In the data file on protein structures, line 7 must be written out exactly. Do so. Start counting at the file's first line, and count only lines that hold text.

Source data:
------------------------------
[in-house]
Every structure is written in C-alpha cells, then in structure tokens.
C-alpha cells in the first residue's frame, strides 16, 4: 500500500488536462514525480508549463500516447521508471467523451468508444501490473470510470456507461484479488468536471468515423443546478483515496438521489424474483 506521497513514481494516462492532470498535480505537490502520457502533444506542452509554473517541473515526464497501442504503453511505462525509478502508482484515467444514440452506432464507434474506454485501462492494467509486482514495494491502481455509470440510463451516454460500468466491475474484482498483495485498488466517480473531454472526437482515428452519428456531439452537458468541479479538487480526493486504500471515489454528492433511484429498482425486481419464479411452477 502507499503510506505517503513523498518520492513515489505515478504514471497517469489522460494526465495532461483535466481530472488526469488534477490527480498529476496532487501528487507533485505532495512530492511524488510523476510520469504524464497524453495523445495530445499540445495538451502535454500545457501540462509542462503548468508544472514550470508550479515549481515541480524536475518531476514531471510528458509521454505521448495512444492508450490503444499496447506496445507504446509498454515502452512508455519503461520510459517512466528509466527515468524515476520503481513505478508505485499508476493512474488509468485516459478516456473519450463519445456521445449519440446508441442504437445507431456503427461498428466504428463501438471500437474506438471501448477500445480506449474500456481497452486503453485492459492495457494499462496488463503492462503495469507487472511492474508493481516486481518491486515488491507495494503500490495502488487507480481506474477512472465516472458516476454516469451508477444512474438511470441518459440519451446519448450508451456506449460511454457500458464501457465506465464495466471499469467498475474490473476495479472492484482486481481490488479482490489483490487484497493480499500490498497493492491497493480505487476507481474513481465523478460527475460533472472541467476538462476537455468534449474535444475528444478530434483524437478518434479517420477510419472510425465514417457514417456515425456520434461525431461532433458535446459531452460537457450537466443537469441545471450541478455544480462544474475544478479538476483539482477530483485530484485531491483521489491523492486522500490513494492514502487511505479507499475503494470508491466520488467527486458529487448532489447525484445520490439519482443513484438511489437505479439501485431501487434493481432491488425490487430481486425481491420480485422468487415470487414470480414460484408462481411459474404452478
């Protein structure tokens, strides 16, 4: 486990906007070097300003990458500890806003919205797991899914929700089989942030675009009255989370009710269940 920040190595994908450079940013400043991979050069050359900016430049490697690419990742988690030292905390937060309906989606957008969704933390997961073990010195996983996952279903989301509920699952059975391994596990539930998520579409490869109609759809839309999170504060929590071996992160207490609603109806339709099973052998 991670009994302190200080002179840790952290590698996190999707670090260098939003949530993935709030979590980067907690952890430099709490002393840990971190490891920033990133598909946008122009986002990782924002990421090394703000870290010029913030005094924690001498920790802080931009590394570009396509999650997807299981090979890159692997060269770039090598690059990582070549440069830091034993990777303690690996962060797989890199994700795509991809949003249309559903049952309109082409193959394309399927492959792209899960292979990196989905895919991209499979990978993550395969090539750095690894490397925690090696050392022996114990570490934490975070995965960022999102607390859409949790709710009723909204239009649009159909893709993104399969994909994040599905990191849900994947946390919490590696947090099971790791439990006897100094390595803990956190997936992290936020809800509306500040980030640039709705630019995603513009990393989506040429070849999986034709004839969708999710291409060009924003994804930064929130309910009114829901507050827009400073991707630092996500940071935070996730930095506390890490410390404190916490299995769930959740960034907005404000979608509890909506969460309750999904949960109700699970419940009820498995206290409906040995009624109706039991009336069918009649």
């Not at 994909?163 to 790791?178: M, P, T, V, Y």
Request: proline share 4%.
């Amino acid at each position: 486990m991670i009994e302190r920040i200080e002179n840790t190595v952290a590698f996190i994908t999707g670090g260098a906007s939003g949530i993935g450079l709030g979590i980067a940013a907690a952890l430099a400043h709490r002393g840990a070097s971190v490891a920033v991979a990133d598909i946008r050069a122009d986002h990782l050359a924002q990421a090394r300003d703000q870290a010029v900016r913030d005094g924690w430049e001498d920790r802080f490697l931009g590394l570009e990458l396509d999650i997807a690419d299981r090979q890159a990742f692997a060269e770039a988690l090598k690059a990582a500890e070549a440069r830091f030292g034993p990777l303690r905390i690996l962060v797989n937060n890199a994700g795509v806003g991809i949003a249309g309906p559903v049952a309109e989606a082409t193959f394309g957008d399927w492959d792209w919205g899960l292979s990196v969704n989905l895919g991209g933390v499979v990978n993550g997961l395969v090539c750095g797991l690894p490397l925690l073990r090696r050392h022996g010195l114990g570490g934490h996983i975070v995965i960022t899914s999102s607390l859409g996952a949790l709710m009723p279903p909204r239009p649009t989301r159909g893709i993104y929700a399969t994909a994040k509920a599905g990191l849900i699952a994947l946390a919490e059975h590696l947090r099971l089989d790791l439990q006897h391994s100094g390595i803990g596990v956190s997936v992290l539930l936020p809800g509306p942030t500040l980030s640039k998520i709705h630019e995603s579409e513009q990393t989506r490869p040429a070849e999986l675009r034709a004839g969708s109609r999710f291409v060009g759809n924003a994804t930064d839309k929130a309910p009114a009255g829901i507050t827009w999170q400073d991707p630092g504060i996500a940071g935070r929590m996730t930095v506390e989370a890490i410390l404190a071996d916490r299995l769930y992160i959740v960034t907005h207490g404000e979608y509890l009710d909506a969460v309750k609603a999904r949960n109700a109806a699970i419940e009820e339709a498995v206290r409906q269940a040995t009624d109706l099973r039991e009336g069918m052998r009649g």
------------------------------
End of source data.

């Amino acid at each position: 486990m991670i009994e302190r920040i200080e002179n840790t190595v952290a590698f996190i994908t999707g670090g260098a906007s939003g949530i993935g450079l709030g979590i980067a940013a907690a952890l430099a400043h709490r002393g840990a070097s971190v490891a920033v991979a990133d598909i946008r050069a122009d986002h990782l050359a924002q990421a090394r300003d703000q870290a010029v900016r913030d005094g924690w430049e001498d920790r802080f490697l931009g590394l570009e990458l396509d999650i997807a690419d299981r090979q890159a990742f692997a060269e770039a988690l090598k690059a990582a500890e070549a440069r830091f030292g034993p990777l303690r905390i690996l962060v797989n937060n890199a994700g795509v806003g991809i949003a249309g309906p559903v049952a309109e989606a082409t193959f394309g957008d399927w492959d792209w919205g899960l292979s990196v969704n989905l895919g991209g933390v499979v990978n993550g997961l395969v090539c750095g797991l690894p490397l925690l073990r090696r050392h022996g010195l114990g570490g934490h996983i975070v995965i960022t899914s999102s607390l859409g996952a949790l709710m009723p279903p909204r239009p649009t989301r159909g893709i993104y929700a399969t994909a994040k509920a599905g990191l849900i699952a994947l946390a919490e059975h590696l947090r099971l089989d790791l439990q006897h391994s100094g390595i803990g596990v956190s997936v992290l539930l936020p809800g509306p942030t500040l980030s640039k998520i709705h630019e995603s579409e513009q990393t989506r490869p040429a070849e999986l675009r034709a004839g969708s109609r999710f291409v060009g759809n924003a994804t930064d839309k929130a309910p009114a009255g829901i507050t827009w999170q400073d991707p630092g504060i996500a940071g935070r929590m996730t930095v506390e989370a890490i410390l404190a071996d916490r299995l769930y992160i959740v960034t907005h207490g404000e979608y509890l009710d909506a969460v309750k609603a999904r949960n109700a109806a699970i419940e009820e339709a498995v206290r409906q269940a040995t009624d109706l099973r039991e009336g069918m052998r009649g």